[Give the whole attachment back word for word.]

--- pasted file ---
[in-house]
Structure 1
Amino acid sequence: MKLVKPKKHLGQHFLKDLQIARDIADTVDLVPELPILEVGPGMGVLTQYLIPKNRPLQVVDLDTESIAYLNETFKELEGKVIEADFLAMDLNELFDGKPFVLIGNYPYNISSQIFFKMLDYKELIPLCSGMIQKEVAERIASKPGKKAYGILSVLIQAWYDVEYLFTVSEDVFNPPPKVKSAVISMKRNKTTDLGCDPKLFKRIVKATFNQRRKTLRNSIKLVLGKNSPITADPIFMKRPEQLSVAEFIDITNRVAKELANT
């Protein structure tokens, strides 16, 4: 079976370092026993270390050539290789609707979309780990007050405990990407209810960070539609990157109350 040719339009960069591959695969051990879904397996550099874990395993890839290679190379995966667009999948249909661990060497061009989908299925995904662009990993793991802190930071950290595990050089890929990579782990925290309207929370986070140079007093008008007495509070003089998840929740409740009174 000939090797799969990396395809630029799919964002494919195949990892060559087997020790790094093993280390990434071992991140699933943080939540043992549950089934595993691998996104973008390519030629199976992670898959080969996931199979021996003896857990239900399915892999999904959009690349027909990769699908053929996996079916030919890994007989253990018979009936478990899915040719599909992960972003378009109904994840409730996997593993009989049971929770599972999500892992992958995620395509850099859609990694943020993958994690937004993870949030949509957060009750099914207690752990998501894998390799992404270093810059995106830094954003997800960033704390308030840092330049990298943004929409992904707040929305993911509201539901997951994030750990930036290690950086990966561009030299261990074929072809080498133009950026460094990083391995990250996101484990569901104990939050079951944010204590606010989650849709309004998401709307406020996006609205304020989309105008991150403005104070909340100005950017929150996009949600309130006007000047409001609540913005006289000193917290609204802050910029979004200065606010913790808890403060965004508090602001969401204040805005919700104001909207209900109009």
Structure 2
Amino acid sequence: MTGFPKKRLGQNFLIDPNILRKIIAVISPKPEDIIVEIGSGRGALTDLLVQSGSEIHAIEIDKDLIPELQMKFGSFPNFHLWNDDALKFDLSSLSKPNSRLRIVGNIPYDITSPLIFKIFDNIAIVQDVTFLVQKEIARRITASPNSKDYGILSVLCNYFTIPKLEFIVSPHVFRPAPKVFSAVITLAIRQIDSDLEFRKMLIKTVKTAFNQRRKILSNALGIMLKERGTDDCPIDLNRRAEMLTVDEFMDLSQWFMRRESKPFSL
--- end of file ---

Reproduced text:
[in-house]
Structure 1
Amino acid sequence: MKLVKPKKHLGQHFLKDLQIARDIADTVDLVPELPILEVGPGMGVLTQYLIPKNRPLQVVDLDTESIAYLNETFKELEGKVIEADFLAMDLNELFDGKPFVLIGNYPYNISSQIFFKMLDYKELIPLCSGMIQKEVAERIASKPGKKAYGILSVLIQAWYDVEYLFTVSEDVFNPPPKVKSAVISMKRNKTTDLGCDPKLFKRIVKATFNQRRKTLRNSIKLVLGKNSPITADPIFMKRPEQLSVAEFIDITNRVAKELANT
């Protein structure tokens, strides 16, 4: 079976370092026993270390050539290789609707979309780990007050405990990407209810960070539609990157109350 040719339009960069591959695969051990879904397996550099874990395993890839290679190379995966667009999948249909661990060497061009989908299925995904662009990993793991802190930071950290595990050089890929990579782990925290309207929370986070140079007093008008007495509070003089998840929740409740009174 000939090797799969990396395809630029799919964002494919195949990892060559087997020790790094093993280390990434071992991140699933943080939540043992549950089934595993691998996104973008390519030629199976992670898959080969996931199979021996003896857990239900399915892999999904959009690349027909990769699908053929996996079916030919890994007989253990018979009936478990899915040719599909992960972003378009109904994840409730996997593993009989049971929770599972999500892992992958995620395509850099859609990694943020993958994690937004993870949030949509957060009750099914207690752990998501894998390799992404270093810059995106830094954003997800960033704390308030840092330049990298943004929409992904707040929305993911509201539901997951994030750990930036290690950086990966561009030299261990074929072809080498133009950026460094990083391995990250996101484990569901104990939050079951944010204590606010989650849709309004998401709307406020996006609205304020989309105008991150403005104070909340100005950017929150996009949600309130006007000047409001609540913005006289000193917290609204802050910029979004200065606010913790808890403060965004508090602001969401204040805005919700104001909207209900109009």
Structure 2
Amino acid sequence: MTGFPKKRLGQNFLIDPNILRKIIAVISPKPEDIIVEIGSGRGALTDLLVQSGSEIHAIEIDKDLIPELQMKFGSFPNFHLWNDDALKFDLSSLSKPNSRLRIVGNIPYDITSPLIFKIFDNIAIVQDVTFLVQKEIARRITASPNSKDYGILSVLCNYFTIPKLEFIVSPHVFRPAPKVFSAVITLAIRQIDSDLEFRKMLIKTVKTAFNQRRKILSNALGIMLKERGTDDCPIDLNRRAEMLTVDEFMDLSQWFMRRESKPFSL